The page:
On this week’s episode of TheMadTech Podcast, Jo Mackenzie, managing director of Publicis Media Precision APAC, joins ExchangeWire’s Rachel Smith and Ciaran O'Kane to discuss the latest news in media, marketing, and commerce.
This week, they cover:
- The Advertising Standards Authority (ASA) will launch a series of investigations into the ‘green’ claims made by companies in their advertisements and their actual environmental practices. Beginning with the energy, heating, and transport sectors, the watchdog will go on to examine manufacturers’ assertions surrounding waste, such as products being biodegradable, recyclable, or a “plastic alternative”, as well as advertising around meat and food sustainability.
The ASA will also launch research into the public’s understanding of terms like “carbon neutral”, “net zero”, and “hybrid” to ensure that they’re “best placed to tackle misleading and socially irresponsible green claims across media,” says ASA director of complaints and investigations Miles Lockwood. The authority have already cracked down on a number of companies for making misleading claims about their environmental practices, including Ryanair, BMW, and Shell, and are currently investigating complaints that a Land Rover Defender advert ignores the environmental impact of large vehicles.
The Committee of Advertising Practice - which is responsible for establishing the UK’s pan-media advertising code - will release new guidance around what constitutes misleading and socially irresponsible advertising and green claims later this year. The Competition and Markets Authority (CMA) have also promised to launch their own inquiry into misleading environmental claims in 2022.
- Netflix have launched a free plan in Kenya that will give new users access to around a quarter of their content catalogue. The model, which will only be available on Android mobile phones, will seek to encourage prospective customers to sign up to the streaming giant, who have seen subscriber growth slow in recent months.
The new offering will not feature any ads, with the free accounts more closely resembling those of paying subscribers (with the exception of some features, such as the ability to download content to watch offline). Series and films that aren’t included under the free plan will be marked with a lock icon which, if clicked on, will prompt the user to sign up for a premium subscription.
With established streaming markets such as the US now saturated with rival services, Netflix are setting their sights on regions where the space is still relatively nascent. The video titan had already launched a paid mobile-only offering and partnerships with local telecom operators in a bid to win viewers in Africa, and are now investing in regional shows like “Queen Sono” and “Jiva!” and partnering with production companies in Nigeria.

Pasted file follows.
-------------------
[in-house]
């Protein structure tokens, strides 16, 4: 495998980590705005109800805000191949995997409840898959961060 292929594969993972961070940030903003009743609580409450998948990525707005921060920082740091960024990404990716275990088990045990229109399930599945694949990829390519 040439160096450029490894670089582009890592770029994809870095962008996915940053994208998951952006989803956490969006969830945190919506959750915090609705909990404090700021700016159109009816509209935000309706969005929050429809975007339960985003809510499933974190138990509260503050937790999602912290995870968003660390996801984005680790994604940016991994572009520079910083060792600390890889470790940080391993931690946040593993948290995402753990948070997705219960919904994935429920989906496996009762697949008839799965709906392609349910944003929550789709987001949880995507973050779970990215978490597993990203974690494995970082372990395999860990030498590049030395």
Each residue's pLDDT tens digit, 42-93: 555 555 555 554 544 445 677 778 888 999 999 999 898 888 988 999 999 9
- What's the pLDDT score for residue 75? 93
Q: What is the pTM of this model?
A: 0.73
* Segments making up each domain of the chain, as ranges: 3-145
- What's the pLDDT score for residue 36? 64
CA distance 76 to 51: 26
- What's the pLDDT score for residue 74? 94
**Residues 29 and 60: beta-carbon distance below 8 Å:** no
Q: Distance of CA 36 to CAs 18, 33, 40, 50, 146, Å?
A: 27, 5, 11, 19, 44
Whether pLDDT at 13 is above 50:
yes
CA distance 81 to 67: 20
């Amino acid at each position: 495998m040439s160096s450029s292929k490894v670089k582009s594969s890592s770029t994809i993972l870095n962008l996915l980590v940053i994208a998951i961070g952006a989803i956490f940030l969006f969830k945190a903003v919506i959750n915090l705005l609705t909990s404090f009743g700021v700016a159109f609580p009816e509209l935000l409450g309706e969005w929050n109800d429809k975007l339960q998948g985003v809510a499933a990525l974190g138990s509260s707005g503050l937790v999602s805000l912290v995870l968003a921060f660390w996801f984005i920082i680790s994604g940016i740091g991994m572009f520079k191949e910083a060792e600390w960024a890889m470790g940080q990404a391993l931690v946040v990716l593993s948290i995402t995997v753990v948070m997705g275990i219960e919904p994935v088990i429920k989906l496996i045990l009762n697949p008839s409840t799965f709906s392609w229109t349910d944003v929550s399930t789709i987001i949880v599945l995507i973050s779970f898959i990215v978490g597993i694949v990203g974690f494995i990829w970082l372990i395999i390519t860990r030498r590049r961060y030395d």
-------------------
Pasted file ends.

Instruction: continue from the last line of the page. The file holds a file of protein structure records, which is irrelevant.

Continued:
- Despite an estimated $700bn (£514.5bn) annual spend, digital transformation has and continues to be slow for a number of companies, according to a report commissioned by WalkMe and carried out by Futurum Research. The growth of tech categories driving digital transformation, including customer experience, AI, and machine learning, have led to increased complexity within enterprises’ tech stack and spurred frustration amongst employees.
The report found that, on average, enterprise organisations have more than 200 applications in their technology stack, with around 60% of these subjected to a two-year turnover rate (a separate report from Harvard Business Review reported that 56% of executives said their employees are expected to learn how to use a minimum of three new digital touchpoints each year). Whilst a significant proportion of companies surveyed (42%) point to a lack of technical skills and knowledge as the biggest obstacle to successful digital transformation, more than half (54%) stated that their employees have proved resistant to digital adoption.
The research concludes that investing in a suitable Digital Adoption Platform (DAP) is integral to reversing this trend. DAPs are software created to make it easier for companies to adopt new technologies by simplifying the user experience. They also serve as hosts for the collection, organisation, and sharing of data, helping businesses make more informed decisions to maximise digital transformation at scale.